Maybe this does it:

$\begin{array}{rccl}
\textrm{Translation:}&P_\mu&=&-i\partial_\mu\\
\textrm{Rotation:}&M_{\mu\nu}&=&i(x_\mu\partial_\nu-x_\nu\partial_\mu)\\
\textrm{Dilation:}&D&=&ix^\mu\partial^\mu\\
\textrm{Special Conformal:}&C_\mu&=&-i(\vec{x}\cdot\vec{x}-2x_\mu\vec{x}\cdot\partial)
\end{array}$

Then the commutation relation gives:

$[D,C_\mu] = -iC_\mu$

so $C^\mu$ acts as raising and lowering operators for the eigenvectors of the dilation operator $D$. That is, suppose:

$D|d\rangle = d|d\rangle$

By the commutation relation:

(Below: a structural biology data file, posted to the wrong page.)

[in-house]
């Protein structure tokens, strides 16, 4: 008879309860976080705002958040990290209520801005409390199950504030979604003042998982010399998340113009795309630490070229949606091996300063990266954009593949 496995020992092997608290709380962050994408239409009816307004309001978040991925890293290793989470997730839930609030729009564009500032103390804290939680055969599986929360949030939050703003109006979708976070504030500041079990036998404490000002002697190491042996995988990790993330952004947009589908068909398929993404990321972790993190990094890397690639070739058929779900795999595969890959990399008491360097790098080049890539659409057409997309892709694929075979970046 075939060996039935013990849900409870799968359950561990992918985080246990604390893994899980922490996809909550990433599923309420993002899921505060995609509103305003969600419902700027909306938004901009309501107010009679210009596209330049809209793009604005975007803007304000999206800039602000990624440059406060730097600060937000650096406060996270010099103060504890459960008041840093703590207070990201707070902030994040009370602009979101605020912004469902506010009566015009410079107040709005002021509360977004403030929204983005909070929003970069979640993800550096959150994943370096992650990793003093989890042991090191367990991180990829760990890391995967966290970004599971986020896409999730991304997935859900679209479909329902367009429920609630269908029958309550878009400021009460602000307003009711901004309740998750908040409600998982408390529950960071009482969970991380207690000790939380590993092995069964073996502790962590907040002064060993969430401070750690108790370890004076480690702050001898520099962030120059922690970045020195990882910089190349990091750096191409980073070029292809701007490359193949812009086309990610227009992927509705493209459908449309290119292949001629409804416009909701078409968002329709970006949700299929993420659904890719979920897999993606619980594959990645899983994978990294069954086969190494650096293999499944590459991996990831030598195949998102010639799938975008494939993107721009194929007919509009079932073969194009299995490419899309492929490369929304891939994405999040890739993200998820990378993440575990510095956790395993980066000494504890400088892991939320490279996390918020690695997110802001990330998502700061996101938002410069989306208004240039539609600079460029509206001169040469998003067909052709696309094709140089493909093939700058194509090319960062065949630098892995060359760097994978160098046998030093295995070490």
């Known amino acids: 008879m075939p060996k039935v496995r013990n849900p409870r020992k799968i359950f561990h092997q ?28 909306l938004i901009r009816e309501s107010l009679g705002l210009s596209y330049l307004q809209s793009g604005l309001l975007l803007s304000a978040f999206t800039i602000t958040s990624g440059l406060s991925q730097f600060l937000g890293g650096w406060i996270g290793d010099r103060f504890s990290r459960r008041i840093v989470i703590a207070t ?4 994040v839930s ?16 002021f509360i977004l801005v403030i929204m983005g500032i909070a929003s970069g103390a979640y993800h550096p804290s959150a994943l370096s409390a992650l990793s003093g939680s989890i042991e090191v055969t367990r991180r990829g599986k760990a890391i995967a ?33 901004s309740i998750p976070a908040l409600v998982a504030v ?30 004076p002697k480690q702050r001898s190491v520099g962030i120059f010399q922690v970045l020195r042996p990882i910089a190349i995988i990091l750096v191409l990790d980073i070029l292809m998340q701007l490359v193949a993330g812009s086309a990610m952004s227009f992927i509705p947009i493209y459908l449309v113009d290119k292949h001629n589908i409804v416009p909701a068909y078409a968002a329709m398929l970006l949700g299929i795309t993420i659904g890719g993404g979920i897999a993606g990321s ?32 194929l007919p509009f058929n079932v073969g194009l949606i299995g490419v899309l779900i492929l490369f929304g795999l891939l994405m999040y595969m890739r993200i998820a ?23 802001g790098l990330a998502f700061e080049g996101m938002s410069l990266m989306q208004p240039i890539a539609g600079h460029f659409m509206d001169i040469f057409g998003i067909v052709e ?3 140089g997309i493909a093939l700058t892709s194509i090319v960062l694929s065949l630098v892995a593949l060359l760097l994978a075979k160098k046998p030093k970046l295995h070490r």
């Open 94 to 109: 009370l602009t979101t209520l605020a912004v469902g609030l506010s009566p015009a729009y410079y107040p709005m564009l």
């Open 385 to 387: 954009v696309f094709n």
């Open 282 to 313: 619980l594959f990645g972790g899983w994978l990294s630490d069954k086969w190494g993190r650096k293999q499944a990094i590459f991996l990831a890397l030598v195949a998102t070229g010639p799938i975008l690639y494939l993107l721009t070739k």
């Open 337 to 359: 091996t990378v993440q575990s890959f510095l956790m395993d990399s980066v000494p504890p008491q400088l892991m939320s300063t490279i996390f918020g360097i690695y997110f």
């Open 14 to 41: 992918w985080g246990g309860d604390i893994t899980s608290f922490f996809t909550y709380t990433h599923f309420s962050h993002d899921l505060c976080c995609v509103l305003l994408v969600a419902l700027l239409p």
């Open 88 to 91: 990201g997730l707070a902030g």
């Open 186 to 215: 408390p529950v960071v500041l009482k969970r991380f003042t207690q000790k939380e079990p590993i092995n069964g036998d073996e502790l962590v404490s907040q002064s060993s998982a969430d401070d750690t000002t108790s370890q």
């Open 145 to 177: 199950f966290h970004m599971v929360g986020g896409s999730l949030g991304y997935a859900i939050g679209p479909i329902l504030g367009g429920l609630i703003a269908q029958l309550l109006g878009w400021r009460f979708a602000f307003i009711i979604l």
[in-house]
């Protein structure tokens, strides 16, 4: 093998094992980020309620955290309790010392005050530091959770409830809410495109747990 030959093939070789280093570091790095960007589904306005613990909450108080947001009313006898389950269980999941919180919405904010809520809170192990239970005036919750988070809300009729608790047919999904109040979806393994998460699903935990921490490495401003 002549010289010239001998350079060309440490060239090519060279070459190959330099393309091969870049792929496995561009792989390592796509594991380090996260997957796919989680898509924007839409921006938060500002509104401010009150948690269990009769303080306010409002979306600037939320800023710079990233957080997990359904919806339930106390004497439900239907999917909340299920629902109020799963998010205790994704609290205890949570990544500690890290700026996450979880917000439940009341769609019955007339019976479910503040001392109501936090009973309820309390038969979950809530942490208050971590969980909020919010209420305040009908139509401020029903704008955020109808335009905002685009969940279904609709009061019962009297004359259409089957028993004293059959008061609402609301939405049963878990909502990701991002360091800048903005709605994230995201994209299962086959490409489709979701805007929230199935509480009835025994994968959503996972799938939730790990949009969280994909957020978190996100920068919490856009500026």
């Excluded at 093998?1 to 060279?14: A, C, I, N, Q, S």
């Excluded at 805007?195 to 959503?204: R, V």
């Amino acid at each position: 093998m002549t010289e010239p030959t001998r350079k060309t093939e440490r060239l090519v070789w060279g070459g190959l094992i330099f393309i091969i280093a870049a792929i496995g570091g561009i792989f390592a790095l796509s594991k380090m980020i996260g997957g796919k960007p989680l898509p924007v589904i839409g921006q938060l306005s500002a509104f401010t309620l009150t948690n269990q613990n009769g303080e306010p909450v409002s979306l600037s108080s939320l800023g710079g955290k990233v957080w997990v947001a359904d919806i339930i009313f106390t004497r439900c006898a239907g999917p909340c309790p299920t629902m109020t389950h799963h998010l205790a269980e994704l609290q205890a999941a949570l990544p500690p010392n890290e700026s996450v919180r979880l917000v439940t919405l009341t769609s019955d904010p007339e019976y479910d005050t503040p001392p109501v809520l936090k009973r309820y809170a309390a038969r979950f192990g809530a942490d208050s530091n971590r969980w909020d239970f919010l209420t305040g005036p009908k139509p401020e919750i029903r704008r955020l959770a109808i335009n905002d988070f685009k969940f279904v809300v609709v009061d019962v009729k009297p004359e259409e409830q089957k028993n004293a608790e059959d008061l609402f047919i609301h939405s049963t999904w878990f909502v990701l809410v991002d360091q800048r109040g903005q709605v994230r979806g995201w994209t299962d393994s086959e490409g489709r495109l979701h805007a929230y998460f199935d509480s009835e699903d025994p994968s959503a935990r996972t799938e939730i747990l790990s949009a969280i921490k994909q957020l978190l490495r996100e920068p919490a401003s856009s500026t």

$DC_\mu - C_\mu D = -iC_\mu$

so

$DC_\mu|d\rangle = (C_\mu D -iC_\mu)|d\rangle$

and

$D(C_\mu|d\rangle) = (d-i)(C_\mu|d\rangle)$

But given the dilational eigenvectors, it's possible to define the raising and lowering operators from them alone. And so that defines the $C_\mu$.

P.S. I cribbed this from:

http://web.mit.edu/~mcgreevy/www/fall08/handouts/lecture09.pdf

This post imported from StackExchange Physics at 2014-07-28 11:17 (UCT), posted by SE-user Carl Brannen